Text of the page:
At this point, the example has shown how to firewall customer data with
PartitionGraph. Next, it is possible to go beyond simply separating graph elements into partitions. Edges may either be intra- or inter- partition in that they can point to vertices in the same partition or to vertices in two different partitions. In this way, it is possible to introduce global data that can be shared amongst all customers.
Inter-Partition Electronic Health Records
The following code fragment introduces a new
snomed partition, where
snomed refers to the publicly available SNOMED-CT clinical terms data set. Example terms include pneumonia, common cold, acute nasal catarrh, etc. Vertices and edges are added to the
snomed partition that represent the SNOMED-CT concept hierarchy. Note that in practice, the full SNOMED-CT data set would be parsed into the partition, but for this simple example, two clinical terms and their subsumption relationship are written.
When patient Gremlin complains of an injured leg at both Pipes General Practice and TinkerPop Medical Center, edges are added that connect the patient vertex to the respective clinical term vertex in the
snomed partition. These
complainedOf edges are denoted by the dashed lines in the diagram below.
With respect to the diagram below, assume that both Rexster and Frames are new patients at TinkerPop Medical Center who have also complained of limb pain. A limb pain specialist at TinkerPop Medical Center can query the
tmc partition to see which patients have a lower limb issue. The traversal in line 2 walks the SNOMED-CT hierarchy in order to find all patients in the
tmc partition that have complained of anything related to lower limb pain (e.g. right leg pain). Given a more complex hierarchy, various lower limb ailments and the patients suffering from such ailments would be exposed by this graph traversal.
Over a rich EHR data set, various other types of graph queries can be enacted. A few examples are itemized below.
- Determine what treatments were used on patients suffering from the same lower limb ailment as Gremlin.
- Correlate the personal medical histories of all lower limb patients to see if there is a relationship amongst them (e.g. smoking, obesity, medical prescriptions, etc.).
- Find related clinical terms in SNOMED-CT and locate other patients that have similar problems (e.g. numbness of the leg, sciatica, etc.). Determine what treatments were successful for those related patients.
- Connect patient Gremlin's records at both Pipes General Practice and TinkerPop Medical Center in order to create a unified perspective of Gremlin's medical history via a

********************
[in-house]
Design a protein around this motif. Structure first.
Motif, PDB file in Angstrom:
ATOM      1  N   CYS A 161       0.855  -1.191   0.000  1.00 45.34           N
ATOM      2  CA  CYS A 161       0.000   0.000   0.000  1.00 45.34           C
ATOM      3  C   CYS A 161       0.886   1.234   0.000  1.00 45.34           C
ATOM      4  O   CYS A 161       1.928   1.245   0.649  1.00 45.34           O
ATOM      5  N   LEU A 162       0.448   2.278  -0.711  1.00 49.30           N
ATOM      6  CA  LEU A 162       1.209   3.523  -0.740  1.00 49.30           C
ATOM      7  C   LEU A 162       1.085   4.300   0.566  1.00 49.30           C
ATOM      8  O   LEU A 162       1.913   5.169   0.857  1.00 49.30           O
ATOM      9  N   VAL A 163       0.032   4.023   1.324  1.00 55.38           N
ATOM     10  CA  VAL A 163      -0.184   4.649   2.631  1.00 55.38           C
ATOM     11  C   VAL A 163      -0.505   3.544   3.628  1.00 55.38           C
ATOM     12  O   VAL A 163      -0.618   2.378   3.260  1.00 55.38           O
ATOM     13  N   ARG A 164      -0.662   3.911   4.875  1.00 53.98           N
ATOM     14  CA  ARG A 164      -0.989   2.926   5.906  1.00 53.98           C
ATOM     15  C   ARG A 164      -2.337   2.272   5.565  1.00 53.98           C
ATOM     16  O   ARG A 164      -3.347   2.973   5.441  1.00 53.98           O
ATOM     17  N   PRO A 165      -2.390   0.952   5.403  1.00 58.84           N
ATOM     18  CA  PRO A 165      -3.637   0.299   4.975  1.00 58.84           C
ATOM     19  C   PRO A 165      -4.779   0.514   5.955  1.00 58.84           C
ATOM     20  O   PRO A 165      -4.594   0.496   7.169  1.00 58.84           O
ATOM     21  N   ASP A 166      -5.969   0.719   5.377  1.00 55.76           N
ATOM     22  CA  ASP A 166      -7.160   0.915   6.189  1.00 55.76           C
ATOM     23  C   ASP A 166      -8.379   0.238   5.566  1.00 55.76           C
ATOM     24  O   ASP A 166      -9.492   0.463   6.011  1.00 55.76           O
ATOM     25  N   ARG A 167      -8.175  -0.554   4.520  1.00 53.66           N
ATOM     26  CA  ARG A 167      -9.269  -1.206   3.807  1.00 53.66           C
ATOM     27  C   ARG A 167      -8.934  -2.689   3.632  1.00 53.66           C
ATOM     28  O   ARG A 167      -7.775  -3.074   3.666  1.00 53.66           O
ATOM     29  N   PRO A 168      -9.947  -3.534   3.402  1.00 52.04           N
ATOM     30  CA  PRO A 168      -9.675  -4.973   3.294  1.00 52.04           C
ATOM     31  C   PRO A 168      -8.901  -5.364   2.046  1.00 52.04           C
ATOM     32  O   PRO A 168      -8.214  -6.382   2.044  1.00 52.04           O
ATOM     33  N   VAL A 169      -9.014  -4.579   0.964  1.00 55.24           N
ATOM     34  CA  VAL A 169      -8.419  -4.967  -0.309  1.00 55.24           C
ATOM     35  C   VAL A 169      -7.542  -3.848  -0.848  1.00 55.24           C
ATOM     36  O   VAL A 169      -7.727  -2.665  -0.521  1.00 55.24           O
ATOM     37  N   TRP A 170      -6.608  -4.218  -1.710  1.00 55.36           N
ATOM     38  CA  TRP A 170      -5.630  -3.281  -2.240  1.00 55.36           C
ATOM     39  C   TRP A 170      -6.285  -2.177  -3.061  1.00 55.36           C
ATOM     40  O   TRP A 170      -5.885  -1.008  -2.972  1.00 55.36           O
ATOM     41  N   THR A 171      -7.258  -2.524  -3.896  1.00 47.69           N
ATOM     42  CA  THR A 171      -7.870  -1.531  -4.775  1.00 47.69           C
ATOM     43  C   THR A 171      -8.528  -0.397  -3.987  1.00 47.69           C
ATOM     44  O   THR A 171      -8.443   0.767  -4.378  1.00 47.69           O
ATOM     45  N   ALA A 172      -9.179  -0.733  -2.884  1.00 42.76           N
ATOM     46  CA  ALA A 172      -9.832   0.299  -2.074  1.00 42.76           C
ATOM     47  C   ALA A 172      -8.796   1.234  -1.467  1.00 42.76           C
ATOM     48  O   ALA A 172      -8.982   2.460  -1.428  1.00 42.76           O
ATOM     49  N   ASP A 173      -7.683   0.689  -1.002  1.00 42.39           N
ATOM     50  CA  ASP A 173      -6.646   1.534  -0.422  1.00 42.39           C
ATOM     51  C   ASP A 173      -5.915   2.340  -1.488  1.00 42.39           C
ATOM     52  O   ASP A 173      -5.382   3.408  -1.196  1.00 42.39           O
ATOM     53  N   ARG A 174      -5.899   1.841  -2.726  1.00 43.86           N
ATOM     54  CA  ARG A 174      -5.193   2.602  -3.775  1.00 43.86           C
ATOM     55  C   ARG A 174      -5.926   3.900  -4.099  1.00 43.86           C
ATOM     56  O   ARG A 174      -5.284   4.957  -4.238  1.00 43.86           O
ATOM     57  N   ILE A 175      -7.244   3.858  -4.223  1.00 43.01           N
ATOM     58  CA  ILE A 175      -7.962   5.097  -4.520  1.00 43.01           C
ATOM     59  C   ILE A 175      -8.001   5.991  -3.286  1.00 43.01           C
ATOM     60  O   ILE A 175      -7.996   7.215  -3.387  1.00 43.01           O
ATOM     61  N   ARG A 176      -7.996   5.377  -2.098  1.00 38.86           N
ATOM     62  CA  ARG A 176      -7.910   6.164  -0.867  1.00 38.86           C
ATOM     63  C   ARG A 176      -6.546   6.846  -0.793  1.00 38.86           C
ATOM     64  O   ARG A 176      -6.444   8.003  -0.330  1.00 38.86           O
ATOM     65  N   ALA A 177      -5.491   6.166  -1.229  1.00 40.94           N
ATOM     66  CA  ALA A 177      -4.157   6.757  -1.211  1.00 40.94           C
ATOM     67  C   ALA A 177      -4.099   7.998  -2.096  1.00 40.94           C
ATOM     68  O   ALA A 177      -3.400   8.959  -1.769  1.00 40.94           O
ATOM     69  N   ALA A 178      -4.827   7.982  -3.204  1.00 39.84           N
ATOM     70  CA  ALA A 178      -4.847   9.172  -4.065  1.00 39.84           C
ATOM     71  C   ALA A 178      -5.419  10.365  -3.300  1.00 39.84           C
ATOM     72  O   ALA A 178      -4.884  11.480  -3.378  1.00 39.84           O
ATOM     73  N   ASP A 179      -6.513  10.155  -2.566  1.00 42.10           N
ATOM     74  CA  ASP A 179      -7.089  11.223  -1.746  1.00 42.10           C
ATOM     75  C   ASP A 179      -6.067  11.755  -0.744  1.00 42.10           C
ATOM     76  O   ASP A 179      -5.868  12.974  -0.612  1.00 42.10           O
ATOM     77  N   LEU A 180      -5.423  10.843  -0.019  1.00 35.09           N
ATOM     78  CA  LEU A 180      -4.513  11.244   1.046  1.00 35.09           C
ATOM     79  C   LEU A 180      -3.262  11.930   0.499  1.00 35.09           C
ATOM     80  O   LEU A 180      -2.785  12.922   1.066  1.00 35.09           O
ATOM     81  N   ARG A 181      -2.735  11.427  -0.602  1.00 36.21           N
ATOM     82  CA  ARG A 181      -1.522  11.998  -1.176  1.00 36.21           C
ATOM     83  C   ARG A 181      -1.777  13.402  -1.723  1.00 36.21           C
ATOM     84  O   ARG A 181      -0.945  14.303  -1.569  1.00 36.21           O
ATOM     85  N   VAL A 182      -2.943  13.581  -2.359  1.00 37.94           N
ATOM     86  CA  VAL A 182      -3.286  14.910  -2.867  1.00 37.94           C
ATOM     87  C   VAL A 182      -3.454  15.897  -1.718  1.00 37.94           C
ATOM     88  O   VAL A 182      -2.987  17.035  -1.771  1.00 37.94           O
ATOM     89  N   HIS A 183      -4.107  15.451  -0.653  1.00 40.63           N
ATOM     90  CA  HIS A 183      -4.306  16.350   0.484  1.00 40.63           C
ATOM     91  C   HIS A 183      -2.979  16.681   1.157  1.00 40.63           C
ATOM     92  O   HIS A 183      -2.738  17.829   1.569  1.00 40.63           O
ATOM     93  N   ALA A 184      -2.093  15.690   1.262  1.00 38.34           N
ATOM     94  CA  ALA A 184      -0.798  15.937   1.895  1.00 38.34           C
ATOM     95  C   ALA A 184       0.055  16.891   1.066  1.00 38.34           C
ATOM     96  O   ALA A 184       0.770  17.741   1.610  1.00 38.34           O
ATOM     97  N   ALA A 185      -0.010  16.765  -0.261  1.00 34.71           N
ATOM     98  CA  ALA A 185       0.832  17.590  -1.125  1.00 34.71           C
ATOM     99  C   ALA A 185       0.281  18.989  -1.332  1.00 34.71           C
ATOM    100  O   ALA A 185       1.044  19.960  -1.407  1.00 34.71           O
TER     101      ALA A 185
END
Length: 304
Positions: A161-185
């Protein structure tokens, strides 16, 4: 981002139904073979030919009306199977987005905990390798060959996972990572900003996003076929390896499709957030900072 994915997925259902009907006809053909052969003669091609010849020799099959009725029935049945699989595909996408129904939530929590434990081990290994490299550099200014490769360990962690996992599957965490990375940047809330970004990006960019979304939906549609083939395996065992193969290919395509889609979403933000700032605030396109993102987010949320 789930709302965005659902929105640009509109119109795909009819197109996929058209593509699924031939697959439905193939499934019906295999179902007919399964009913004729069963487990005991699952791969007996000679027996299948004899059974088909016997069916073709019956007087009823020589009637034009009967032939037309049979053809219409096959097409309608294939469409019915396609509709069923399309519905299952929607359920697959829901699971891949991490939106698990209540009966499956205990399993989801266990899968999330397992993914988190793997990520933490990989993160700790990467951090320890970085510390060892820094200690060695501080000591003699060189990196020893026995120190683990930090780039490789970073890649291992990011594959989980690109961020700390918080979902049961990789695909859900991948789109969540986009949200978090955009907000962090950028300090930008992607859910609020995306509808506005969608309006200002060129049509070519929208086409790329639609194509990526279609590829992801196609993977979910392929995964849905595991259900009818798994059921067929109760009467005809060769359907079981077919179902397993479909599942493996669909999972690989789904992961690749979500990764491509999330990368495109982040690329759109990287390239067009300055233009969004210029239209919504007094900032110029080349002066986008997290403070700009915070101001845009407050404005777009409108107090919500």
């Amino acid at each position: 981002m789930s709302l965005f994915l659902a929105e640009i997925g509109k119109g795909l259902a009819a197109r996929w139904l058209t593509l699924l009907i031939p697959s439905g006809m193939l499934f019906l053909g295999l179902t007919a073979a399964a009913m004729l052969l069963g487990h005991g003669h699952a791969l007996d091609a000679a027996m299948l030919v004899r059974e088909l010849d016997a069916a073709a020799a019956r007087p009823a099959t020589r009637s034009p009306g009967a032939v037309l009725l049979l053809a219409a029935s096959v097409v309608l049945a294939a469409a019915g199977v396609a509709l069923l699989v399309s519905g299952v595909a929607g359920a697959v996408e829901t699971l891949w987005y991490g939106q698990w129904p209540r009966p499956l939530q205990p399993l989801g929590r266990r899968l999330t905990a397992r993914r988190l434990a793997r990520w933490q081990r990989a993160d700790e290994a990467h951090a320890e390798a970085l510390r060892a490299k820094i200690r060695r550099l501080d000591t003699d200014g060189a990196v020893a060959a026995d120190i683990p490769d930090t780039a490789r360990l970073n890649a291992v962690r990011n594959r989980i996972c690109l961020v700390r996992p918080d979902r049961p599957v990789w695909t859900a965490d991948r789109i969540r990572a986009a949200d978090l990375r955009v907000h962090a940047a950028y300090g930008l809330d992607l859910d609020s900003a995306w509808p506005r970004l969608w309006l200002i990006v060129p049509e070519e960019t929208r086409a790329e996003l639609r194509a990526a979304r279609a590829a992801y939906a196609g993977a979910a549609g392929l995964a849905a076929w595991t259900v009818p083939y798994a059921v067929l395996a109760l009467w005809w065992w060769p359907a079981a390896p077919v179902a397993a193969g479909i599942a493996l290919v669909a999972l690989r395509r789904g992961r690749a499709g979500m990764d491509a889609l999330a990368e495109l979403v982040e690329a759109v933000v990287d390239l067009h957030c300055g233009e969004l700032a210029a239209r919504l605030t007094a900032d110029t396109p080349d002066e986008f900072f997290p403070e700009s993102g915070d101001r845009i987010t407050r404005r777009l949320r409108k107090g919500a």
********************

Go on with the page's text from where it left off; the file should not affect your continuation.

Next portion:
sameAsedge (represented by the dash-dotted line in the diagram above).
The benefit of
PartitionGraph is that global data does not introduce significant complexity to the programming model nor does it expose risks to firewalled partitions. Moreover, it is possible to enact graph-wide analyses that span all partitions. This can be a compelling advantage for Business Intelligence applications. Given the running example, by simply making all partitions readable, it is possible to analyze the medical histories across all medical facilities and leverage the SNOMED-CT data as the bridge between these seemingly disparate partitioned data sets.
PartitionGraph presents interesting opportunities for analyses that mix and match different partitions in a traversal space. To conclude, a collection of more complex EHR medical use cases are presented that can be conveniently facilitated by
- A cross medical facility (i.e. partition) analysis shows that the percentage of patients with HIV/AIDS who are prescribed an antiretroviral drug is below standards set forth by the Centers for Medicare and Medicaid Services' (CMS) quality measures. This analysis prompts healthcare providers and administrators to consider changes to treatment protocols and drug formularies.
- Physician communities of practice can be identified by analyzing patient visit and treatment patterns. Given those communities, it is possible for pharmaceutical companies to predict the influencers within the greater physician social network in order to yield insight into potential drug adoption patterns.
- Patient records across all partitions provides the foundational data set for a population-wide analysis within a clinical decision support system.